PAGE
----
Governor Gretchen Whitmer’s Office Seeking Candidates to Serve on the Michigan Wildlife Council

The Michigan Wildlife Council is a governor-appointed, public body established by Michigan Public Act No. 246 of 2013. The nine member Michigan Wildlife Council represents a wide range of residents that share a common vision for Michigan’s cherished outdoor traditions – to ensure that they are managed and sustained for future generations. The Michigan Wildlife Council is entrusted with educating the public about the importance of conserving, and effectively managing our state’s vast natural legacy of forests, waters, and wildlife.

As stipulated by Michigan Public Act 246 of 2013, members of the Michigan Wildlife Council are intended to represent various stakeholder groups including hunters and anglers; members of the agricultural, and business communities; representatives from rural areas that are affected by hunting and fishing activities; an individual with a media/marketing background; and the Director of the Michigan Department of Natural Resources, or a designated representative.

All nine members of the Michigan Wildlife Council are appointed by the Governor with the advice and consent of the State Senate.

Readers of this newsletter interested in serving as a member of the Michigan Wildlife Council should immediately contact Mr. MoReno Taylor II of Karoub Associates at e-mail .

Michigan Dam Safety Task Force Releases its Final Report

Responding to two dam failures on the Tittabawassee River during record rainfall events that caused catastrophic flooding in Midland and Gladwin counties in May of 2020 that resulted in $250 million in damages, in addition to the fact that the impounded waters of both Wixom and Sanford Lakes were completely drained during the event, Governor Whitmer formed the Michigan Dam Safety Task Force in order to perform a comprehensive review of the status of Michigan’s 2,500 dams. Comprised of dam safety officials, engineers, senior state agency managers and tribal representatives, the 19-member task force recently issued its report comprised of a set of 86 recommendations that includes quadrupling the number of EGLE staff members dedicated to dam safety regulation; hiring additional dam safety inspectors; establishing a $25 million dam safety emergency fund over the course of the next five years; creating a $25 million dam safety emergency fund over the next five years; and establishing a 20-year, $400 million loan fund dedicated to helping dam owners with much-needed maintenance on aging, crumbling, high-risk dams. In addition, the Dam Safety Task Force also recommended that the Michigan state legislature act to help promote dam owner accountability by revising and adapting new laws and rules that would act to clarify the on-going responsibilities of dam owners, and the structural engineers they hire to help inspect and maintain the dams.  Click here to download a copy of the 69-page Michigan Dam Safety Task Force Report that was released on February 12, 2021.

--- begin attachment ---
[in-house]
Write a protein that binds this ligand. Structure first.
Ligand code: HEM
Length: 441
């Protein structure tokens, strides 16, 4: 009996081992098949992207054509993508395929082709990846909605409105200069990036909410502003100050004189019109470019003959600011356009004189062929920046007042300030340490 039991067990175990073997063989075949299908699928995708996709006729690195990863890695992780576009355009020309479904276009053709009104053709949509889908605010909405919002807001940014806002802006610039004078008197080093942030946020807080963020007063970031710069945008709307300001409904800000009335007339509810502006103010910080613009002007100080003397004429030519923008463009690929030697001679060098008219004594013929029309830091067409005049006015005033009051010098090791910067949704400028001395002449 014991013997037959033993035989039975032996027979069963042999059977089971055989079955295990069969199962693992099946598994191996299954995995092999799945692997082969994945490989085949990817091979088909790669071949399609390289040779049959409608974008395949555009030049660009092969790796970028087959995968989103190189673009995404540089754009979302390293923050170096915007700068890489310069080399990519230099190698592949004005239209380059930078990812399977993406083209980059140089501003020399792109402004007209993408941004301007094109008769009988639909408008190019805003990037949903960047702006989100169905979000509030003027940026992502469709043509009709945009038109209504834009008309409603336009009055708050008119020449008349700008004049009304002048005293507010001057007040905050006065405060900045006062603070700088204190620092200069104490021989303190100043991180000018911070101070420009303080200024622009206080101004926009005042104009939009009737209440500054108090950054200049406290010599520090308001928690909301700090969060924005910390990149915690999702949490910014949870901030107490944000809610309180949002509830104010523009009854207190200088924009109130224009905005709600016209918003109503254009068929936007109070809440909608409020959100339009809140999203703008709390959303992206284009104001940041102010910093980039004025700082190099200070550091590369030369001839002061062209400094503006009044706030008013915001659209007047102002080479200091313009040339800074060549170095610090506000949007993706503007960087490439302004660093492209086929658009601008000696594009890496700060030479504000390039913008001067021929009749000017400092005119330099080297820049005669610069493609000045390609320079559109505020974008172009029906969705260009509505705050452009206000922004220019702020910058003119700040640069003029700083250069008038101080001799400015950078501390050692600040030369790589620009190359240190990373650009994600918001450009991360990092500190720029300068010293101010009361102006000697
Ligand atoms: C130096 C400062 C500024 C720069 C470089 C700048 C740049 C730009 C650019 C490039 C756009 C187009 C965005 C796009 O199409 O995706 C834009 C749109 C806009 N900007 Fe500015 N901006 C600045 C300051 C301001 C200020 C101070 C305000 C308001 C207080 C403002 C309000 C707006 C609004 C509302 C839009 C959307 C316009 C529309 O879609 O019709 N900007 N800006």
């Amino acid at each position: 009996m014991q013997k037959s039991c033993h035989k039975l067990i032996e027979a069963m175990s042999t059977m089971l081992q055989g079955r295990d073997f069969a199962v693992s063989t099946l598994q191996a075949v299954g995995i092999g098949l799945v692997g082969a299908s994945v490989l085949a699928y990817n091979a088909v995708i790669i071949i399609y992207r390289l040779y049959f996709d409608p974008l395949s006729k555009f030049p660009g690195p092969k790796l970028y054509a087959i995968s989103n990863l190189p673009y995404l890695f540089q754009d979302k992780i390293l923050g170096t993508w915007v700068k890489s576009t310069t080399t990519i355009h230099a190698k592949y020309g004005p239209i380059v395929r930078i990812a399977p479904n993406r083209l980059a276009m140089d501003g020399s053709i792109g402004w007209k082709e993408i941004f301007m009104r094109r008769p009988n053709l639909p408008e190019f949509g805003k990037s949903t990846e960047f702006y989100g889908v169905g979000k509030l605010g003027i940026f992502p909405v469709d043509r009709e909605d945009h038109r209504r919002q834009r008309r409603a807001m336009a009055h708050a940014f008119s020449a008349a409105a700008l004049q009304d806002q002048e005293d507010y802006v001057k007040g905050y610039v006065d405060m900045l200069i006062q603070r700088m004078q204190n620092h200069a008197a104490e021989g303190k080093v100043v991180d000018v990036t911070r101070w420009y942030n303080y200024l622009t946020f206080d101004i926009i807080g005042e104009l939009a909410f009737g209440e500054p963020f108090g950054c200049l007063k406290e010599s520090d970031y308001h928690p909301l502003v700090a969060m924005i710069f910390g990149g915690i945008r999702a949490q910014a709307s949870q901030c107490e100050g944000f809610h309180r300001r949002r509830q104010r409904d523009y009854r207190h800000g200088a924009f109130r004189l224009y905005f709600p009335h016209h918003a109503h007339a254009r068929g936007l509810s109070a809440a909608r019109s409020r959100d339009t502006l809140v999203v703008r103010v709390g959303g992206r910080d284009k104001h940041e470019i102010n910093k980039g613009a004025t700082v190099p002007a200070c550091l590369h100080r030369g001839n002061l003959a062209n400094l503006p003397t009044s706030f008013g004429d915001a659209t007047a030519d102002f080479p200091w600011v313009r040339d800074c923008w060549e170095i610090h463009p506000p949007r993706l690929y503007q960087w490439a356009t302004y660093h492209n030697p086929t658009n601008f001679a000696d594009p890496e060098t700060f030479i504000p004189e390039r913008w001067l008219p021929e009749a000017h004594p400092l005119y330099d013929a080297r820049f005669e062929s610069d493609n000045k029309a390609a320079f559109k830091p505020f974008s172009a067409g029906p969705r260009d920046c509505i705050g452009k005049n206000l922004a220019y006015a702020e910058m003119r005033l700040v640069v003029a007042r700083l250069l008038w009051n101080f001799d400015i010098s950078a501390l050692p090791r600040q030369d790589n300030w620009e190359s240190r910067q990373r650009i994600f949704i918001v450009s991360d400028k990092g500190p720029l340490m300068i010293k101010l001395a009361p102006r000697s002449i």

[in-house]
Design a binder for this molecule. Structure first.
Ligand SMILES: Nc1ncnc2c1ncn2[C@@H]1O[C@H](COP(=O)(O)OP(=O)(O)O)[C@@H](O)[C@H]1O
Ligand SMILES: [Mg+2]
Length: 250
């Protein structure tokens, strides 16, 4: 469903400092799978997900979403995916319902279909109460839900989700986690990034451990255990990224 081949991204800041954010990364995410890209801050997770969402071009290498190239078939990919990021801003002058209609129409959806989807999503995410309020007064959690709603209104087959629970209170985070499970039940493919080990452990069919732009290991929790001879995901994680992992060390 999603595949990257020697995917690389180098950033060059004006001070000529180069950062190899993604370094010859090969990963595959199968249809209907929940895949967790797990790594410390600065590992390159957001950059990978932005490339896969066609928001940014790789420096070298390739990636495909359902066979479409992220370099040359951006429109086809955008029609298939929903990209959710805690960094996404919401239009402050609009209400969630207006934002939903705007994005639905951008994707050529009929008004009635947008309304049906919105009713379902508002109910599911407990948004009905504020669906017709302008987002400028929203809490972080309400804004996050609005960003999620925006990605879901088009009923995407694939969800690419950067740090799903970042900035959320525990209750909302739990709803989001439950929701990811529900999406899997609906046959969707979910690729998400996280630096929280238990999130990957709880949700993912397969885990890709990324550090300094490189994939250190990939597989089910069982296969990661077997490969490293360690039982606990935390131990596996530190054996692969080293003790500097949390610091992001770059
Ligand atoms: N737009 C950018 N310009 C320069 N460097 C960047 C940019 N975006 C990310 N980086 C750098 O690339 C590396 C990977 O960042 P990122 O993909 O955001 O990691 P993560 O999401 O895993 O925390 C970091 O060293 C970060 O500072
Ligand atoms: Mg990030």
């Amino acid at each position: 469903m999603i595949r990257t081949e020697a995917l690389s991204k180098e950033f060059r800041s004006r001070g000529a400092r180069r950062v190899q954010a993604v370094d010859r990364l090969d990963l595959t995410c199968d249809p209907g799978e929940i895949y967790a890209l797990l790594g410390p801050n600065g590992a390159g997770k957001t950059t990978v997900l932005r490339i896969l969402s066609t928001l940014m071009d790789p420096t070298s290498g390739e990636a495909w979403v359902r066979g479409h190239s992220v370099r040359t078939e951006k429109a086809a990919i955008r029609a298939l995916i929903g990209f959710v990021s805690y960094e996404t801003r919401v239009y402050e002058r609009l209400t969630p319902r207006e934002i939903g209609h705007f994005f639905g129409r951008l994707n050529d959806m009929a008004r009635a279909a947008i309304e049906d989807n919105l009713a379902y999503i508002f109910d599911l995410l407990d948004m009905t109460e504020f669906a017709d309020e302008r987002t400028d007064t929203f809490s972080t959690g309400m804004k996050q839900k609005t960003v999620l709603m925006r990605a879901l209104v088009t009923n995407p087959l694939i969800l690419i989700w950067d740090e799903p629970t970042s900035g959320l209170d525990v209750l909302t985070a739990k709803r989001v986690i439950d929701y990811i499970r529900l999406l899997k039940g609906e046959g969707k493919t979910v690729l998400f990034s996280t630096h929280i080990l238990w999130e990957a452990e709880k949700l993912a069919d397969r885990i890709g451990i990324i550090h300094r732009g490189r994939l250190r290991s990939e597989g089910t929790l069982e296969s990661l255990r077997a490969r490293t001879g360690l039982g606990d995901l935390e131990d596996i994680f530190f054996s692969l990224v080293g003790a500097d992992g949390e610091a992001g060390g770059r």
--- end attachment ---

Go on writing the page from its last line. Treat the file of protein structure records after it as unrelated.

It is important to note that most of Michigan’s 2,500 dams were built many decades ago, and are now in a state of severe deterioration as a result of age, antiquated design, severe erosion, and/or neglect as indicated by the fact that many of the dams have been poorly maintained over the years. Dams in Michigan are regulated by Part 307, Inland Lake Levels, and Part 315, Dam Safety, of the Natural Resources and Environmental Protection Act, 1994 Public Act 451. Of Michigan’s 2,500 dams, 813 of which are regulated by Part 315, and 235 are regulated by Part 307.  Dams are regulated by Part 315 when they are over 6 feet in height, and when they serve to impound over 5 acres of water during the design flood.  Dams regulated by Part 307 are structures that were constructed in order to establish and maintain court ordered inland lake levels. Michigan also hosts 99 hydroelectric dams that are regulated by the Federal Energy Regulatory Commission (FERC) under the auspices of the Federal Power Act.

To view an Arc Geographic Information Systems information augmented map of dams regulated by the State of Michigan that is maintained by the Department of the Environment, Great Lakes, and Energy (EGLE) Dam Safety Program, click here . Readers interested in learning more about EGLE’s  Dam Safety Program